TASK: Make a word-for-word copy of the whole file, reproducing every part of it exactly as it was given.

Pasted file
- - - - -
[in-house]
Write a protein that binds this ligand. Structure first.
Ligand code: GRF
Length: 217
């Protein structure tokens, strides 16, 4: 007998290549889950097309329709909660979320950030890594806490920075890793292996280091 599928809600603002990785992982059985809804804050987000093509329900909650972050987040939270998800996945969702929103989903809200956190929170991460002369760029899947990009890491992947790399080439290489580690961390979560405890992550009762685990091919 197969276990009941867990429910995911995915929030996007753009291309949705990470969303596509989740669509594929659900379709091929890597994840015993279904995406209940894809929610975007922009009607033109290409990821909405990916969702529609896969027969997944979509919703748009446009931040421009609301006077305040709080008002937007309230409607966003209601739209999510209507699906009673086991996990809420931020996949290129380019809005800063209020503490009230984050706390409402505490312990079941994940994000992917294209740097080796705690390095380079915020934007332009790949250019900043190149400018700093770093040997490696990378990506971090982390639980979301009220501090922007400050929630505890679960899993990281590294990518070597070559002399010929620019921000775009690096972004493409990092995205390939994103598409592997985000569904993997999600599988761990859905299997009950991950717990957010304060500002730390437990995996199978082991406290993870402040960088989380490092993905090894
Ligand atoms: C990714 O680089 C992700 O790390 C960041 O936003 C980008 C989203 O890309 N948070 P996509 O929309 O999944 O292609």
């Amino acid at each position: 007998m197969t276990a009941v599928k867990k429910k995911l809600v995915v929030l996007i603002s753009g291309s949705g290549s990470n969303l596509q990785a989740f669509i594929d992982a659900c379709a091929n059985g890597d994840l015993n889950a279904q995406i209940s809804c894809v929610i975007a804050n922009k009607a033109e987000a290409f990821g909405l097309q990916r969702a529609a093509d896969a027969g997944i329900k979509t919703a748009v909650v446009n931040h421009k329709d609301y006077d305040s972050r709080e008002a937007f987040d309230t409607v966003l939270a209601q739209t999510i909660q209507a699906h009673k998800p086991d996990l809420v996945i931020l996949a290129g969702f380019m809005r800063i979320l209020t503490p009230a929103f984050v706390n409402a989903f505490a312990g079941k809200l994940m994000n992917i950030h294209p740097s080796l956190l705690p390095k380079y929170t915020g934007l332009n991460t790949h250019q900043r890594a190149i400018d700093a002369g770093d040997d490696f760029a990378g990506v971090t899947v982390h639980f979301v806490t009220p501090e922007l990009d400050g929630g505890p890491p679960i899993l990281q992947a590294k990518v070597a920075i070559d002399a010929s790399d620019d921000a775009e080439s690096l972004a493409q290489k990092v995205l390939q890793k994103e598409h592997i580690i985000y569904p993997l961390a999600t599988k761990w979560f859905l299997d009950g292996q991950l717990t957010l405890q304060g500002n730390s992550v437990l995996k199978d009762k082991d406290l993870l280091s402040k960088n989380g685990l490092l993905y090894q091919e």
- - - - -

[in-house]
Write a protein that binds this ligand. Structure first.
Ligand code: GRF
Length: 217
């Protein structure tokens, strides 16, 4: 007998290549889950097309329709909660979320950030890594806490920075890793292996280091 599928809600603002990785992982059985809804804050987000093509329900909650972050987040939270998800996945969702929103989903809200956190929170991460002369760029899947990009890491992947790399080439290489580690961390979560405890992550009762685990091919 197969276990009941867990429910995911995915929030996007753009291309949705990470969303596509989740669509594929659900379709091929890597994840015993279904995406209940894809929610975007922009009607033109290409990821909405990916969702529609896969027969997944979509919703748009446009931040421009609301006077305040709080008002937007309230409607966003209601739209999510209507699906009673086991996990809420931020996949290129380019809005800063209020503490009230984050706390409402505490312990079941994940994000992917294209740097080796705690390095380079915020934007332009790949250019900043190149400018700093770093040997490696990378990506971090982390639980979301009220501090922007400050929630505890679960899993990281590294990518070597070559002399010929620019921000775009690096972004493409990092995205390939994103598409592997985000569904993997999600599988761990859905299997009950991950717990957010304060500002730390437990995996199978082991406290993870402040960088989380490092993905090894
Ligand atoms: C990714 O680089 C992700 O790390 C960041 O936003 C980008 C989203 O890309 N948070 P996509 O929309 O999944 O292609």
């Amino acid at each position: 007998m197969t276990a009941v599928k867990k429910k995911l809600v995915v929030l996007i603002s753009g291309s949705g290549s990470n969303l596509q990785a989740f669509i594929d992982a659900c379709a091929n059985g890597d994840l015993n889950a279904q995406i209940s809804c894809v929610i975007a804050n922009k009607a033109e987000a290409f990821g909405l097309q990916r969702a529609a093509d896969a027969g997944i329900k979509t919703a748009v909650v446009n931040h421009k329709d609301y006077d305040s972050r709080e008002a937007f987040d309230t409607v966003l939270a209601q739209t999510i909660q209507a699906h009673k998800p086991d996990l809420v996945i931020l996949a290129g969702f380019m809005r800063i979320l209020t503490p009230a929103f984050v706390n409402a989903f505490a312990g079941k809200l994940m994000n992917i950030h294209p740097s080796l956190l705690p390095k380079y929170t915020g934007l332009n991460t790949h250019q900043r890594a190149i400018d700093a002369g770093d040997d490696f760029a990378g990506v971090t899947v982390h639980f979301v806490t009220p501090e922007l990009d400050g929630g505890p890491p679960i899993l990281q992947a590294k990518v070597a920075i070559d002399a010929s790399d620019d921000a775009e080439s690096l972004a493409q290489k990092v995205l390939q890793k994103e598409h592997i580690i985000y569904p993997l961390a999600t599988k761990w979560f859905l299997d009950g292996q991950l717990t957010l405890q304060g500002n730390s992550v437990l995996k199978d009762k082991d406290l993870l280091s402040k960088n989380g685990l490092l993905y090894q091919e």